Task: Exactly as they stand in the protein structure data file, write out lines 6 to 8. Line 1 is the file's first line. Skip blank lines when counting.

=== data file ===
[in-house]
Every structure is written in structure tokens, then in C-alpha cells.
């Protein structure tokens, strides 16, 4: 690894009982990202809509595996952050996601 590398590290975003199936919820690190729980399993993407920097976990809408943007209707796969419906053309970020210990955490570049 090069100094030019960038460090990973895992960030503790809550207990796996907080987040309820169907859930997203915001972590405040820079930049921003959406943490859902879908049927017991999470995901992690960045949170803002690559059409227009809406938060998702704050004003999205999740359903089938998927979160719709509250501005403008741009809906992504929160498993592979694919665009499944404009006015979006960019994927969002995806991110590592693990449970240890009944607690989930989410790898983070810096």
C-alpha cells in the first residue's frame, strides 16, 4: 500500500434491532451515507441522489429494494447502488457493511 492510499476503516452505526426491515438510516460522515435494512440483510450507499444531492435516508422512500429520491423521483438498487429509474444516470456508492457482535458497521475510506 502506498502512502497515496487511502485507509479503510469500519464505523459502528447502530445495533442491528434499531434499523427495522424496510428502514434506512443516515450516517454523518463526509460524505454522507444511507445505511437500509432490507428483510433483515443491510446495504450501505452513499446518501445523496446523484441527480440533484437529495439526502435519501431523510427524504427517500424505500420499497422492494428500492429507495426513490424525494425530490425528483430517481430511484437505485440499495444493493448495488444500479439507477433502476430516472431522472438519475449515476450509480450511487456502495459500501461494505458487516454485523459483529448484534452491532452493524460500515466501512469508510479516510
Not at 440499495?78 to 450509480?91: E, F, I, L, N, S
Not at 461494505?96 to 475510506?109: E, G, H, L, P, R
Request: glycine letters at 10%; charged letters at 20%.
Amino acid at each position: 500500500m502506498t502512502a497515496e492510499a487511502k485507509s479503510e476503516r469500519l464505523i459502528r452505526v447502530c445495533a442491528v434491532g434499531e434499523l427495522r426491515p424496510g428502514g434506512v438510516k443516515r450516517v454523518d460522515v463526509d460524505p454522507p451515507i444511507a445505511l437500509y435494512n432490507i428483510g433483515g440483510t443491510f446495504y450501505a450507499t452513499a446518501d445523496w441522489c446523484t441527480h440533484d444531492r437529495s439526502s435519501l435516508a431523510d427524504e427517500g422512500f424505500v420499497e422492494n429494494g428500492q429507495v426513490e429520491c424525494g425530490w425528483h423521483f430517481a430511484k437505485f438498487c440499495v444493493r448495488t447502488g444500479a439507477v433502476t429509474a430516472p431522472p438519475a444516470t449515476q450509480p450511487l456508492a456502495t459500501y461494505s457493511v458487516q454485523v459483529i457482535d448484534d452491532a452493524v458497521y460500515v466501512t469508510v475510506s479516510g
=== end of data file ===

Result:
Not at 461494505?96 to 475510506?109: E, G, H, L, P, R
Request: glycine letters at 10%; charged letters at 20%.
Amino acid at each position: 500500500m502506498t502512502a497515496e492510499a487511502k485507509s479503510e476503516r469500519l464505523i459502528r452505526v447502530c445495533a442491528v434491532g434499531e434499523l427495522r426491515p424496510g428502514g434506512v438510516k443516515r450516517v454523518d460522515v463526509d460524505p454522507p451515507i444511507a445505511l437500509y435494512n432490507i428483510g433483515g440483510t443491510f446495504y450501505a450507499t452513499a446518501d445523496w441522489c446523484t441527480h440533484d444531492r437529495s439526502s435519501l435516508a431523510d427524504e427517500g422512500f424505500v420499497e422492494n429494494g428500492q429507495v426513490e429520491c424525494g425530490w425528483h423521483f430517481a430511484k437505485f438498487c440499495v444493493r448495488t447502488g444500479a439507477v433502476t429509474a430516472p431522472p438519475a444516470t449515476q450509480p450511487l456508492a456502495t459500501y461494505s457493511v458487516q454485523v459483529i457482535d448484534d452491532a452493524v458497521y460500515v466501512t469508510v475510506s479516510g